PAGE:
Daily Archives: March 17, 2010

Juniper Won’t Race Cisco in M&A Derby

Juniper and Cisco have a few things in common.

One is that that they’re both data-networking companies that have grown bigger with the expansion of the Internet. Something else they have in common is their understandable emphasis on ensuring that network infrastructure remains more than “dumb pipes” in a potentially deflationary period marked by the rise of cloud computing and an increasing reliance on service-provider patronage.

Something they don’t have in common in size. Cisco is a far bigger company than Juniper, and it has financial resources, namely oodles of cash, that its smaller rival lacks. A story in today’s Wall Street Journal drives the point home, noting that Cisco is among a small number of technology titans that have generated the vast majority of the technology industry’s cash flow during the past two years.

The disparity in wealth between Cisco and Juniper has given the larger company a decided edge in the pursuit of acquisitions. In the last few months, Juniper has indicated that it will focus on organic growth rather than on M&A swashbuckling. Juniper cannot outbid Cisco for the affections of venture-funded startup companies, but it can allocate its internal resources to areas where it might get the measure of its bigger, broader-focused rival.

Nothing is likely to change on that front for the next while, with Juniper CEO Kevin Johnson indicating to the WSJ that his company will continue to grow organically. Regarding the M&A game, Johnson said: “For midsize companies, it’s always difficult to break through with M&A because large companies will always outbid them.”

Companies Pursuing M&A in China Frequently Hacker Targets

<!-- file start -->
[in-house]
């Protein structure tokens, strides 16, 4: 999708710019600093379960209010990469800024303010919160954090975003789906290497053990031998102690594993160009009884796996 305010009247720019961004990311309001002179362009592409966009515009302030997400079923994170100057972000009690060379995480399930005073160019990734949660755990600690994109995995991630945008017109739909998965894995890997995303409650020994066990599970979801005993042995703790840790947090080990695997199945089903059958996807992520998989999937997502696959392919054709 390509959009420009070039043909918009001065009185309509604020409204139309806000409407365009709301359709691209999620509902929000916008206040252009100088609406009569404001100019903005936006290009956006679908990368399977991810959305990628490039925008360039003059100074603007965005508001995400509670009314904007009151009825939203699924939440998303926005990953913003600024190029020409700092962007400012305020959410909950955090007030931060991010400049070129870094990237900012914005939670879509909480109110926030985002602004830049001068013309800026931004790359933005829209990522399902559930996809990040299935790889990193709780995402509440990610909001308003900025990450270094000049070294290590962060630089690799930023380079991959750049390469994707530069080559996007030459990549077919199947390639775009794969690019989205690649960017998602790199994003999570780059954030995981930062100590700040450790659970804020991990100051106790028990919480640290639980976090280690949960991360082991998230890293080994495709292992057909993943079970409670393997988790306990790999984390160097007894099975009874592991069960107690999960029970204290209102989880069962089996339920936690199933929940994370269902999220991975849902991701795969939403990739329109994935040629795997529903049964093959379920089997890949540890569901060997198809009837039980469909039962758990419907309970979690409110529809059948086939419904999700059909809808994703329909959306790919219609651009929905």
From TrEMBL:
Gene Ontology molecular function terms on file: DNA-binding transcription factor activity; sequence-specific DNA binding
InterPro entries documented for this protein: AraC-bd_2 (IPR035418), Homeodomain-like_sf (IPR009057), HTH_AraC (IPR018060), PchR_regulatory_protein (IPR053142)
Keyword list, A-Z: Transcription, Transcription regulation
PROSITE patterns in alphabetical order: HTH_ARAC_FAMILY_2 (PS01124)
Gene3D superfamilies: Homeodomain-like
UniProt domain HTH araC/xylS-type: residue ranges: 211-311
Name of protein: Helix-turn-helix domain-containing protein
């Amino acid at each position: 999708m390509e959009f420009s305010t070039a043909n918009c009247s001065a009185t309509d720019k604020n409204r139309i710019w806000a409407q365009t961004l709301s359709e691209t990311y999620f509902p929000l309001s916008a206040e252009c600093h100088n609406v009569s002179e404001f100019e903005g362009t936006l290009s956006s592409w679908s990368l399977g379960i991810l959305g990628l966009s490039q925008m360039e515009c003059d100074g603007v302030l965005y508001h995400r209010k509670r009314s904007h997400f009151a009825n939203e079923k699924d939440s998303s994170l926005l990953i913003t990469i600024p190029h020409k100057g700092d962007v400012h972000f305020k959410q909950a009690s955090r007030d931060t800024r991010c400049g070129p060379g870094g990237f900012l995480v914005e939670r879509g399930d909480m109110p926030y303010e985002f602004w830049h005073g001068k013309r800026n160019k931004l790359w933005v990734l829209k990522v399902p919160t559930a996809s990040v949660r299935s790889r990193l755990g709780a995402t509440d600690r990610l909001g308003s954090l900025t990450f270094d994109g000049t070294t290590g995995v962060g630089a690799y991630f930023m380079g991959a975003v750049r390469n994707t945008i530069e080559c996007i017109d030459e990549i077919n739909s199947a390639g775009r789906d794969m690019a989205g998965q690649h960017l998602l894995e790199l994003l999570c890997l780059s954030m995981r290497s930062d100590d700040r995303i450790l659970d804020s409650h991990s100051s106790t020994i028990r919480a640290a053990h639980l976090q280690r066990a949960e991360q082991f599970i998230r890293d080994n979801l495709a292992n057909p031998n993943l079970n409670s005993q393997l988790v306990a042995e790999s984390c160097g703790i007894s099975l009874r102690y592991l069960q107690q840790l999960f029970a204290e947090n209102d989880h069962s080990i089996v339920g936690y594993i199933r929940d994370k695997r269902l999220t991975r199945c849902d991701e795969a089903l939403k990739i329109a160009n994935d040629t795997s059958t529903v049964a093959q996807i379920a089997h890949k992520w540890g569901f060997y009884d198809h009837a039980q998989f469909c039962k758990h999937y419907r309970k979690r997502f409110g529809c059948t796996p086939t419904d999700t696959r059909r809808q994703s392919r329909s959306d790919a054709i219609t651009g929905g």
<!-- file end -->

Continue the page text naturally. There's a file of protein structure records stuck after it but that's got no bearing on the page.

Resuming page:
In doing some additional background reading on Operation Aurora, I came across an article at Dark Reading that contained an intriguing quote.

Published online on February 10, the article reported that the hack attacks that hit Google, Adobe, and other U.S. organizations were continuing and had affected far more companies than the original 20 or 30 victims reported by Google and others.

The provocative comment comes later in the article, however. It is provided by Kevin Mandia, CEO of forensics firm Mandiant. In discussing the origins of the Operation Aurora malware and the advanced persistent threats (APTs) it unleashed, Mandia said he noticed that many of the firms that were victimized had something in common.

“We see patterns that just make us curious. If you’re doing merger and acquisition work in China, you’re targeted, We’ve seen when we respond to client sites [that were attacked] a lot of legal counsel, external counsel, and C-level executives [targeted] in M&A with China.”

In a Wired article, Mandia said: “If you’re a law firm and you’re doing business in places like China, it’s so probable you’re compromised and it’s very probable there’s not much you can do about it.”

In this case, it seems, being forewarned does not equate to being forearmed.

As HP waits to learn whether its acquisition of 3Com — an ostensibly American company with most of its operations and employees in China — will be approved by China’s Ministry of Commerce (MOFCOM), it might want to batten down the security hatches, just in case.

Google-China Conflict Must Be Viewed in Context of Bigger Story

As the old saw goes, we sometimes can’t see the forest for the trees. What’s happening is hidden in plain sight, but we don’t see it, either because we’re focusing too closely on an incidental element or because we don’t want to confront an unpalatable reality.

I feel that way as I watch the Google-China conflict play out. In truth, the dispute between Google and China is a symptom of a larger problem, one that has far-reaching implications for Western economies and entire industries, including the technology sector.